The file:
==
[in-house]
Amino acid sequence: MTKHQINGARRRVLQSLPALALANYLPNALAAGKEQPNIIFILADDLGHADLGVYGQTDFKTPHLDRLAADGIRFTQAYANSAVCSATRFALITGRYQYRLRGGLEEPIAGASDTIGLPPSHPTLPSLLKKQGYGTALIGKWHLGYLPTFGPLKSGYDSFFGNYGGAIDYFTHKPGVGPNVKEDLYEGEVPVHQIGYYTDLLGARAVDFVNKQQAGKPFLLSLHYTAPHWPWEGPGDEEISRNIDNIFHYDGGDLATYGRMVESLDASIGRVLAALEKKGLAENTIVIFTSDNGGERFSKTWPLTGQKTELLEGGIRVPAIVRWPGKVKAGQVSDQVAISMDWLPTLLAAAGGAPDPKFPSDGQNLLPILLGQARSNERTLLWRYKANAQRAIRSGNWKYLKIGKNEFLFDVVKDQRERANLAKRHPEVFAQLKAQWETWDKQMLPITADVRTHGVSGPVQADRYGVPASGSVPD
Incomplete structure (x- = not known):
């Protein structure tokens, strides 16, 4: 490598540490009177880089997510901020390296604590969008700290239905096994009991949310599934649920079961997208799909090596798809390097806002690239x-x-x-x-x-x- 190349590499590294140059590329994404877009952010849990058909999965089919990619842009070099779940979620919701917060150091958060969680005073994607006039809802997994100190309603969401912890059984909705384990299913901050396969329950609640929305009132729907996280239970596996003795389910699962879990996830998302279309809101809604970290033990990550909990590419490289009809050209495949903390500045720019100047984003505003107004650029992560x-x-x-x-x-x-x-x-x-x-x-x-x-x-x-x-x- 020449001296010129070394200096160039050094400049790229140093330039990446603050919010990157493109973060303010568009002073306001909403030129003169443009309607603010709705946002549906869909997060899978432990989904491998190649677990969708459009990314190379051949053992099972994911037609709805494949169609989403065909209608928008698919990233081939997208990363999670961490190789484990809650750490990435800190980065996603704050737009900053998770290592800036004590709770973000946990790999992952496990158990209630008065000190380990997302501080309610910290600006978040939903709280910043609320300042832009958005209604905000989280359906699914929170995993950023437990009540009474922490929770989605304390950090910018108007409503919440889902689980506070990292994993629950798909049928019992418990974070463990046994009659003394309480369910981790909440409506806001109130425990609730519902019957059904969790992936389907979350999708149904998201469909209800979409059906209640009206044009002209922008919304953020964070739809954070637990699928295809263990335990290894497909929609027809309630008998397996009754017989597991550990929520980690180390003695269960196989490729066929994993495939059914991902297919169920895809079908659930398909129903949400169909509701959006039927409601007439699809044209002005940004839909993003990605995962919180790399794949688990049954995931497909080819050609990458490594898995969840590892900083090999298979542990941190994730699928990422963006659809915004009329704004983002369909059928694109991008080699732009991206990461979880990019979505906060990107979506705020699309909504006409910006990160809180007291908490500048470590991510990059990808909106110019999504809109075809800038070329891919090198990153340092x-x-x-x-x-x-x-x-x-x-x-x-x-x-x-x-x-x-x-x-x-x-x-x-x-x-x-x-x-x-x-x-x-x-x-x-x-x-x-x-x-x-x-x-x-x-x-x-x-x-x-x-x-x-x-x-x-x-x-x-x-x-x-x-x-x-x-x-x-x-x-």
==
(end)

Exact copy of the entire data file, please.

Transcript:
[in-house]
Amino acid sequence: MTKHQINGARRRVLQSLPALALANYLPNALAAGKEQPNIIFILADDLGHADLGVYGQTDFKTPHLDRLAADGIRFTQAYANSAVCSATRFALITGRYQYRLRGGLEEPIAGASDTIGLPPSHPTLPSLLKKQGYGTALIGKWHLGYLPTFGPLKSGYDSFFGNYGGAIDYFTHKPGVGPNVKEDLYEGEVPVHQIGYYTDLLGARAVDFVNKQQAGKPFLLSLHYTAPHWPWEGPGDEEISRNIDNIFHYDGGDLATYGRMVESLDASIGRVLAALEKKGLAENTIVIFTSDNGGERFSKTWPLTGQKTELLEGGIRVPAIVRWPGKVKAGQVSDQVAISMDWLPTLLAAAGGAPDPKFPSDGQNLLPILLGQARSNERTLLWRYKANAQRAIRSGNWKYLKIGKNEFLFDVVKDQRERANLAKRHPEVFAQLKAQWETWDKQMLPITADVRTHGVSGPVQADRYGVPASGSVPD
Incomplete structure (x- = not known):
């Protein structure tokens, strides 16, 4: 490598540490009177880089997510901020390296604590969008700290239905096994009991949310599934649920079961997208799909090596798809390097806002690239x-x-x-x-x-x- 190349590499590294140059590329994404877009952010849990058909999965089919990619842009070099779940979620919701917060150091958060969680005073994607006039809802997994100190309603969401912890059984909705384990299913901050396969329950609640929305009132729907996280239970596996003795389910699962879990996830998302279309809101809604970290033990990550909990590419490289009809050209495949903390500045720019100047984003505003107004650029992560x-x-x-x-x-x-x-x-x-x-x-x-x-x-x-x-x- 020449001296010129070394200096160039050094400049790229140093330039990446603050919010990157493109973060303010568009002073306001909403030129003169443009309607603010709705946002549906869909997060899978432990989904491998190649677990969708459009990314190379051949053992099972994911037609709805494949169609989403065909209608928008698919990233081939997208990363999670961490190789484990809650750490990435800190980065996603704050737009900053998770290592800036004590709770973000946990790999992952496990158990209630008065000190380990997302501080309610910290600006978040939903709280910043609320300042832009958005209604905000989280359906699914929170995993950023437990009540009474922490929770989605304390950090910018108007409503919440889902689980506070990292994993629950798909049928019992418990974070463990046994009659003394309480369910981790909440409506806001109130425990609730519902019957059904969790992936389907979350999708149904998201469909209800979409059906209640009206044009002209922008919304953020964070739809954070637990699928295809263990335990290894497909929609027809309630008998397996009754017989597991550990929520980690180390003695269960196989490729066929994993495939059914991902297919169920895809079908659930398909129903949400169909509701959006039927409601007439699809044209002005940004839909993003990605995962919180790399794949688990049954995931497909080819050609990458490594898995969840590892900083090999298979542990941190994730699928990422963006659809915004009329704004983002369909059928694109991008080699732009991206990461979880990019979505906060990107979506705020699309909504006409910006990160809180007291908490500048470590991510990059990808909106110019999504809109075809800038070329891919090198990153340092x-x-x-x-x-x-x-x-x-x-x-x-x-x-x-x-x-x-x-x-x-x-x-x-x-x-x-x-x-x-x-x-x-x-x-x-x-x-x-x-x-x-x-x-x-x-x-x-x-x-x-x-x-x-x-x-x-x-x-x-x-x-x-x-x-x-x-x-x-x-x-």